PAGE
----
Health 'super-regulator' CQC orders 21 hospital trusts to clean up

 Warnings about substandard levels of hygiene and infection control have been issued to twenty-one NHS trusts, including four flagship foundation hospitals.
The Care Quality Commission (CQC), the new “super-regulator” for health and social care that started work on Wednesday, said that the trusts had failed to meet standards on cleanliness.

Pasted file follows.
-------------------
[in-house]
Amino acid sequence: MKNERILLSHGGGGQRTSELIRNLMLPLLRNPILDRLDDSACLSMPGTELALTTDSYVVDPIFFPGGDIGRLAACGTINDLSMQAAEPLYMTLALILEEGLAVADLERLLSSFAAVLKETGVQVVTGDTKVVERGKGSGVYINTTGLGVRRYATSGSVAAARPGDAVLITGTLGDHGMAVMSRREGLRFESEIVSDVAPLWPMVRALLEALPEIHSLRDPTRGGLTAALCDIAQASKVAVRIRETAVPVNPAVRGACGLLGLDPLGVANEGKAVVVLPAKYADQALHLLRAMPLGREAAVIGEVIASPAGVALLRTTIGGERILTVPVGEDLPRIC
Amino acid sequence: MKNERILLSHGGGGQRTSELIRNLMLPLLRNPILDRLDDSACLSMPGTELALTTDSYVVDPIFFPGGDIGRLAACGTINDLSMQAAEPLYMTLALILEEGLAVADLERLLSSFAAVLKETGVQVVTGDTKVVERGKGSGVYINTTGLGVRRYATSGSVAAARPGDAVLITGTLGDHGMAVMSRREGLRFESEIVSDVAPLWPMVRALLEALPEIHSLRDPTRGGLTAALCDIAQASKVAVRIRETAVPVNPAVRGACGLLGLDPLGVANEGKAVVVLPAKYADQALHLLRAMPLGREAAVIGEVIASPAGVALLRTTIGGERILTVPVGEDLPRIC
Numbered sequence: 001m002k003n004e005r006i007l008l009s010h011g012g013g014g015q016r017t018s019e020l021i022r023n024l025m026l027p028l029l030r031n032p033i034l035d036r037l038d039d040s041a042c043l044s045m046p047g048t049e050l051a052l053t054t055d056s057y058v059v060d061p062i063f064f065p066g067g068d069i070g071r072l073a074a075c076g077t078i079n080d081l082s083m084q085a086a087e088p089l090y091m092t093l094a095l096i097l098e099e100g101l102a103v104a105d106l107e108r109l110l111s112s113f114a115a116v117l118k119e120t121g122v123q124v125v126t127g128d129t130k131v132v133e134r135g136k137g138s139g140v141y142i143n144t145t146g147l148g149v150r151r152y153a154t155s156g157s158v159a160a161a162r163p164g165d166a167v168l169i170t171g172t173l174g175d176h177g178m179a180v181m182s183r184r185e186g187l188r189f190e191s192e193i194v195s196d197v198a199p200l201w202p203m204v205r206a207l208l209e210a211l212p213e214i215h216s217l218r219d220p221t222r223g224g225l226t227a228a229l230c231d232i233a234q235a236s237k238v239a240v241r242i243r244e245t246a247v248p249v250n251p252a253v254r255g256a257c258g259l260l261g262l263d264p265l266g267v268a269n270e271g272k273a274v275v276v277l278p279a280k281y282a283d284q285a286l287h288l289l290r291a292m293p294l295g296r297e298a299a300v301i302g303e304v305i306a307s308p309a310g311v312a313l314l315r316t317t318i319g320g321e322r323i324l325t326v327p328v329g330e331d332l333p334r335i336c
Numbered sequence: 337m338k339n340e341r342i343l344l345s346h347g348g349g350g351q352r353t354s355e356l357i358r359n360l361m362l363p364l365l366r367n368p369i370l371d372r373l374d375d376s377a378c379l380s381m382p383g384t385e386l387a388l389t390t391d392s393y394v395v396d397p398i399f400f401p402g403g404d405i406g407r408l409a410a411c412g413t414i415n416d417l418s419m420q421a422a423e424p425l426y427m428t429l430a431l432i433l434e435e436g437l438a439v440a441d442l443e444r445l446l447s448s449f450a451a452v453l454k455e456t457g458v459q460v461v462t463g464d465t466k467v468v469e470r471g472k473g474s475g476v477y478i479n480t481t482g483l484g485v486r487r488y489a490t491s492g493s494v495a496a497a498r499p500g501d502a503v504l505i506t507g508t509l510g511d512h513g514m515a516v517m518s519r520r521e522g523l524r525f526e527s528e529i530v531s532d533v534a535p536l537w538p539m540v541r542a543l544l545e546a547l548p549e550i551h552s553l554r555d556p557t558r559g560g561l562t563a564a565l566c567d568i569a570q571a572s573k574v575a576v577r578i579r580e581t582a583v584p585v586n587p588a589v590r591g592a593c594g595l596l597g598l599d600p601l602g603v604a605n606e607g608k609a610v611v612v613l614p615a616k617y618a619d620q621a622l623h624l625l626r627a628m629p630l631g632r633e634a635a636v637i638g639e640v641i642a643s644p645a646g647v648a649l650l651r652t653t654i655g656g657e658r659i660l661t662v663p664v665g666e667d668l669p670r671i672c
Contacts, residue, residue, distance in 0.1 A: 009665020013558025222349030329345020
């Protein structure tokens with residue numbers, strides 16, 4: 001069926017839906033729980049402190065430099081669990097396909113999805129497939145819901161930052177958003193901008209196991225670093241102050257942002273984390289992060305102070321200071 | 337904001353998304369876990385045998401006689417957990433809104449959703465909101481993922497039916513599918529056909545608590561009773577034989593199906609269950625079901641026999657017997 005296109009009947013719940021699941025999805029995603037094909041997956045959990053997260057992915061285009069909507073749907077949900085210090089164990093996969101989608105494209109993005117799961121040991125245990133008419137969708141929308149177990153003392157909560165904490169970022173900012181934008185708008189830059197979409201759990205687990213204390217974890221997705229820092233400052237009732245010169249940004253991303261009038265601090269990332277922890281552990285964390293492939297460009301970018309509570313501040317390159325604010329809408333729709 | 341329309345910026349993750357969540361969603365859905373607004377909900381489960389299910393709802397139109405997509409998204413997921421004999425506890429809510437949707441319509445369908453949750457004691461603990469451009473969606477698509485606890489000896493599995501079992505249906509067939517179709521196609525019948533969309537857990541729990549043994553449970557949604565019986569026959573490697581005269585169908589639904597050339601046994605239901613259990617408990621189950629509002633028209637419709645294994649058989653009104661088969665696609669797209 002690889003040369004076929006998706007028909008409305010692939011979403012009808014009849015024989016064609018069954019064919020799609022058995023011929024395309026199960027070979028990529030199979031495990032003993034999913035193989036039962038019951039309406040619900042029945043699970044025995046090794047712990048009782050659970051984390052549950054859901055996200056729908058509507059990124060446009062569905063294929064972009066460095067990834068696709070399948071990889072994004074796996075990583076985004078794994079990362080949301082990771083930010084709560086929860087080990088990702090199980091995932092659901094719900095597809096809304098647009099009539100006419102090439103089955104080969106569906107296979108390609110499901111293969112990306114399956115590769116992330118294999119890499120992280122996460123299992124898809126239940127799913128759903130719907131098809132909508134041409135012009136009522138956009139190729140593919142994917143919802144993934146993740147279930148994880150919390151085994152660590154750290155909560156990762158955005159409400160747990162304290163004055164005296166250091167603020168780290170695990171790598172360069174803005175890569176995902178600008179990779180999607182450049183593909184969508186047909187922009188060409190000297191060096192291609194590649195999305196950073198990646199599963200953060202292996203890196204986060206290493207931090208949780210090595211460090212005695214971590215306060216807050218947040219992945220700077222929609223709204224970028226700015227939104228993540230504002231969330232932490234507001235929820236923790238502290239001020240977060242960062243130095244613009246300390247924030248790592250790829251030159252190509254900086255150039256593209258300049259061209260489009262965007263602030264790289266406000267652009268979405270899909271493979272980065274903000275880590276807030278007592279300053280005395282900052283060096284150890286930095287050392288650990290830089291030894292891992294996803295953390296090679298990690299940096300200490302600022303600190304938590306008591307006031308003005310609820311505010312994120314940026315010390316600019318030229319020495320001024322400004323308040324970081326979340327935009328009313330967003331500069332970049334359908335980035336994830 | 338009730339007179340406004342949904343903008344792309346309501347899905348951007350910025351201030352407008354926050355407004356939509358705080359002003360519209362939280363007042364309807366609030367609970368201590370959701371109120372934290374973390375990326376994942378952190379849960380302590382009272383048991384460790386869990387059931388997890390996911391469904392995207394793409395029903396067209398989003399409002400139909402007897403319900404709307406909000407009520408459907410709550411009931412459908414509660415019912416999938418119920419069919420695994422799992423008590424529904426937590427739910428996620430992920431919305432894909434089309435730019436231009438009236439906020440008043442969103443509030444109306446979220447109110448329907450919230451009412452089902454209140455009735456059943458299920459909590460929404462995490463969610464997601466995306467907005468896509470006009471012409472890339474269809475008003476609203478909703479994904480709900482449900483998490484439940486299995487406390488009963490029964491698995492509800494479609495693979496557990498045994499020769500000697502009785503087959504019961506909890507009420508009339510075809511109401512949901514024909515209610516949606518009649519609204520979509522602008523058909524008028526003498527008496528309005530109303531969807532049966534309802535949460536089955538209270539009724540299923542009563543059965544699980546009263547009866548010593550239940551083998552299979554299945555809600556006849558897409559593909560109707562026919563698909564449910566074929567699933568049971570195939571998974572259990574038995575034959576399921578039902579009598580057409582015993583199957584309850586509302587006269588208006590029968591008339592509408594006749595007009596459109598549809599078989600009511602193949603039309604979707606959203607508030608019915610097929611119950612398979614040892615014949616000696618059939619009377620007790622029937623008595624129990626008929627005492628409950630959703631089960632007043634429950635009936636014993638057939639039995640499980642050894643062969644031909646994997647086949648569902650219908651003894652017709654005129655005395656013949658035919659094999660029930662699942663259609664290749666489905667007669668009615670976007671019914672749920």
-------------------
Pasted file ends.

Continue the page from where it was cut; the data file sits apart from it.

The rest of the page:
All 21 have had strict conditions placed on their registration with the commission, which is a legal requirement. Hospitals that fail to act to improve hygiene levels could be issued with warning notices and fines, or face prosecution or closure.
The CQC rulings, issued today, show that ten acute hospital trusts, six primary care trusts, four mental health care trusts and one ambulance trust have registration conditions as a result of failing to meet the criteria fully. The four trusts with foundation status — a supposed marker of excellence — are Kettering General Hospital, Leeds Partnerships, Medway and Alder Hey Children’s.

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